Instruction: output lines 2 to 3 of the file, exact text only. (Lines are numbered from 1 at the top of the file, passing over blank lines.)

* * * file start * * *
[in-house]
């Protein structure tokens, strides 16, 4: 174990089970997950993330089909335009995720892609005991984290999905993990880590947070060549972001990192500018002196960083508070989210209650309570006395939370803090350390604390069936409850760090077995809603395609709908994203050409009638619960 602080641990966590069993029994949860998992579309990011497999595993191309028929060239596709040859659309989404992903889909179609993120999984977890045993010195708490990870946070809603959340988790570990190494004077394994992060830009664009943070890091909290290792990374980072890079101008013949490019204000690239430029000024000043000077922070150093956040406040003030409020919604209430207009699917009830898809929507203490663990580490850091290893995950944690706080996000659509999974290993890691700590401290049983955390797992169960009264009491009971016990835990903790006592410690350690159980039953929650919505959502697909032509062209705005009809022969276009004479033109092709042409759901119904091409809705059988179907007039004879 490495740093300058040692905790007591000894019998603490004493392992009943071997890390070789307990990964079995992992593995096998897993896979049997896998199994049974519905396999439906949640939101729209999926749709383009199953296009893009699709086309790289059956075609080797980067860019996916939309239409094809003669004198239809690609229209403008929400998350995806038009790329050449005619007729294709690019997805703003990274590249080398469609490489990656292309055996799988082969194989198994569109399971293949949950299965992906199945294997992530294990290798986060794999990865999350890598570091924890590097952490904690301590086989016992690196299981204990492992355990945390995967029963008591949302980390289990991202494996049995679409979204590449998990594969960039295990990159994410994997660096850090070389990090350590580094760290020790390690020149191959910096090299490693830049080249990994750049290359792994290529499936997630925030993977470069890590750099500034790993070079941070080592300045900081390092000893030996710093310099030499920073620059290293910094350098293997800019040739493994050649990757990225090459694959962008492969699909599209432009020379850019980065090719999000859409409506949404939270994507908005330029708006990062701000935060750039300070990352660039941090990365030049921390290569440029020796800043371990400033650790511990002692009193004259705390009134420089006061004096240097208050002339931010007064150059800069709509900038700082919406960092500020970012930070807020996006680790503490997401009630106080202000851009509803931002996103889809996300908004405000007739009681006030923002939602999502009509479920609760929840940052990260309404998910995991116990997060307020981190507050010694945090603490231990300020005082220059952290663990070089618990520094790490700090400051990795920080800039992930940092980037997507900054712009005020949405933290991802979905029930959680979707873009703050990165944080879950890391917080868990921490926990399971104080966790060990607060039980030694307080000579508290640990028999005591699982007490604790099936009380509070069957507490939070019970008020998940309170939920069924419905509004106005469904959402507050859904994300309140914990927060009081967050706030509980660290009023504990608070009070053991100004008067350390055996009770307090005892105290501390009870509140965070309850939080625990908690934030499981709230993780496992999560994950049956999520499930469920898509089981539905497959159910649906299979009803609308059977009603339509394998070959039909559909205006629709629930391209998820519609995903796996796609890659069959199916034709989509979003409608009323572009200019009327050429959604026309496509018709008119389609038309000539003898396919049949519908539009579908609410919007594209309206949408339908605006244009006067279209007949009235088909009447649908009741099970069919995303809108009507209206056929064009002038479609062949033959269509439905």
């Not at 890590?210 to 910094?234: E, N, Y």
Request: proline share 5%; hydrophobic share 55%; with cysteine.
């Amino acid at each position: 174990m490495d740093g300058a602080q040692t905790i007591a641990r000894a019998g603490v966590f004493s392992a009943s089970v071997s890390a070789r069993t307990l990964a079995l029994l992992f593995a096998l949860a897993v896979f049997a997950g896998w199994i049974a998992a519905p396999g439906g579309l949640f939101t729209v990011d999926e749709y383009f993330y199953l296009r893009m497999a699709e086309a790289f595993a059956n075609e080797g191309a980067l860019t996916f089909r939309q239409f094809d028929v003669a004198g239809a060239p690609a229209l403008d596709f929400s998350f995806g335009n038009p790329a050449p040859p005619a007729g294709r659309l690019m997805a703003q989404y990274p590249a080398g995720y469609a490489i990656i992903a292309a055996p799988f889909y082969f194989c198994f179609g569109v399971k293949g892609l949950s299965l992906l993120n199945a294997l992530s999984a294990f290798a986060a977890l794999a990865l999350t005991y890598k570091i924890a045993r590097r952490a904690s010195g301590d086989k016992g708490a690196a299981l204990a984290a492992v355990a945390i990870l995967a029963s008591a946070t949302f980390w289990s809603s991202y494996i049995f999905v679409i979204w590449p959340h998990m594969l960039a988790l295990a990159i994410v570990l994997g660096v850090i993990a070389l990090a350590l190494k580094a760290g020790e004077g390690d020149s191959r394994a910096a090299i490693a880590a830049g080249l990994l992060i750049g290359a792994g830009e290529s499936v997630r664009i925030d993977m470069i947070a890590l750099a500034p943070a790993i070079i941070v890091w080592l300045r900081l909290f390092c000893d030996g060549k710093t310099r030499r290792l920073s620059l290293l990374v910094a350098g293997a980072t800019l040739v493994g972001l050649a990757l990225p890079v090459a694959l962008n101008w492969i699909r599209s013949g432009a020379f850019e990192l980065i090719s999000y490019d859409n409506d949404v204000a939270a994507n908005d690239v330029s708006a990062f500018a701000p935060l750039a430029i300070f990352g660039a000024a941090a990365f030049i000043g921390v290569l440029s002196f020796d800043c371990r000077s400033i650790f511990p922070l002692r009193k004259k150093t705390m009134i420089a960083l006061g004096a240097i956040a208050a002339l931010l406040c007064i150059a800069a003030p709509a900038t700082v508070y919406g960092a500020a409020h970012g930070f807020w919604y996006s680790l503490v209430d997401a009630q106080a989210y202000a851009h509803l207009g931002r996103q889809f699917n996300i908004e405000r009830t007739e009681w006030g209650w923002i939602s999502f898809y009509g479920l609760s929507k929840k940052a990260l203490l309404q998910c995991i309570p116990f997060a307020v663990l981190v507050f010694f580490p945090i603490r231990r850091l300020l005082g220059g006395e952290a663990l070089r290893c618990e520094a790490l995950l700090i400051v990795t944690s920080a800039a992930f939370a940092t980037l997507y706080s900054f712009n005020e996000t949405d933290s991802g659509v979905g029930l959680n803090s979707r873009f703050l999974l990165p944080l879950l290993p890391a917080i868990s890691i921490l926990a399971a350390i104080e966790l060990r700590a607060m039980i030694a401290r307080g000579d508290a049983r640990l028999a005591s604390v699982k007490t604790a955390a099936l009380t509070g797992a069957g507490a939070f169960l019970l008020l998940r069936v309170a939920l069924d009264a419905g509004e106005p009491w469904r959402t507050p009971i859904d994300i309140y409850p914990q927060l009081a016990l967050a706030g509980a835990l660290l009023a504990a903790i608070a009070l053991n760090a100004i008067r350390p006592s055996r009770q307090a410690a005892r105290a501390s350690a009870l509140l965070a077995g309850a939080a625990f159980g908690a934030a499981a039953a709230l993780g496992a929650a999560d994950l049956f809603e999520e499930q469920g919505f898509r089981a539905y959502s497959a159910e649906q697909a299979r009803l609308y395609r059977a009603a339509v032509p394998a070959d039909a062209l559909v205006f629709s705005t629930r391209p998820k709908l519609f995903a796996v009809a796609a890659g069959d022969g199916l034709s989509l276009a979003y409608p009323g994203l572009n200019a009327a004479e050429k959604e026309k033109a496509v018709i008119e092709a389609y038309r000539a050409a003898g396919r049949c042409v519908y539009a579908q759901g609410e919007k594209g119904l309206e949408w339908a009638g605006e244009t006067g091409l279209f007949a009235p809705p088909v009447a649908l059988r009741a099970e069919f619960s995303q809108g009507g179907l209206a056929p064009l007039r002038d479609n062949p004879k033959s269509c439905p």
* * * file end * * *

């Protein structure tokens, strides 16, 4: 174990089970997950993330089909335009995720892609005991984290999905993990880590947070060549972001990192500018002196960083508070989210209650309570006395939370803090350390604390069936409850760090077995809603395609709908994203050409009638619960 602080641990966590069993029994949860998992579309990011497999595993191309028929060239596709040859659309989404992903889909179609993120999984977890045993010195708490990870946070809603959340988790570990190494004077394994992060830009664009943070890091909290290792990374980072890079101008013949490019204000690239430029000024000043000077922070150093956040406040003030409020919604209430207009699917009830898809929507203490663990580490850091290893995950944690706080996000659509999974290993890691700590401290049983955390797992169960009264009491009971016990835990903790006592410690350690159980039953929650919505959502697909032509062209705005009809022969276009004479033109092709042409759901119904091409809705059988179907007039004879 490495740093300058040692905790007591000894019998603490004493392992009943071997890390070789307990990964079995992992593995096998897993896979049997896998199994049974519905396999439906949640939101729209999926749709383009199953296009893009699709086309790289059956075609080797980067860019996916939309239409094809003669004198239809690609229209403008929400998350995806038009790329050449005619007729294709690019997805703003990274590249080398469609490489990656292309055996799988082969194989198994569109399971293949949950299965992906199945294997992530294990290798986060794999990865999350890598570091924890590097952490904690301590086989016992690196299981204990492992355990945390995967029963008591949302980390289990991202494996049995679409979204590449998990594969960039295990990159994410994997660096850090070389990090350590580094760290020790390690020149191959910096090299490693830049080249990994750049290359792994290529499936997630925030993977470069890590750099500034790993070079941070080592300045900081390092000893030996710093310099030499920073620059290293910094350098293997800019040739493994050649990757990225090459694959962008492969699909599209432009020379850019980065090719999000859409409506949404939270994507908005330029708006990062701000935060750039300070990352660039941090990365030049921390290569440029020796800043371990400033650790511990002692009193004259705390009134420089006061004096240097208050002339931010007064150059800069709509900038700082919406960092500020970012930070807020996006680790503490997401009630106080202000851009509803931002996103889809996300908004405000007739009681006030923002939602999502009509479920609760929840940052990260309404998910995991116990997060307020981190507050010694945090603490231990300020005082220059952290663990070089618990520094790490700090400051990795920080800039992930940092980037997507900054712009005020949405933290991802979905029930959680979707873009703050990165944080879950890391917080868990921490926990399971104080966790060990607060039980030694307080000579508290640990028999005591699982007490604790099936009380509070069957507490939070019970008020998940309170939920069924419905509004106005469904959402507050859904994300309140914990927060009081967050706030509980660290009023504990608070009070053991100004008067350390055996009770307090005892105290501390009870509140965070309850939080625990908690934030499981709230993780496992999560994950049956999520499930469920898509089981539905497959159910649906299979009803609308059977009603339509394998070959039909559909205006629709629930391209998820519609995903796996796609890659069959199916034709989509979003409608009323572009200019009327050429959604026309496509018709008119389609038309000539003898396919049949519908539009579908609410919007594209309206949408339908605006244009006067279209007949009235088909009447649908009741099970069919995303809108009507209206056929064009002038479609062949033959269509439905």
């Not at 890590?210 to 910094?234: E, N, Y």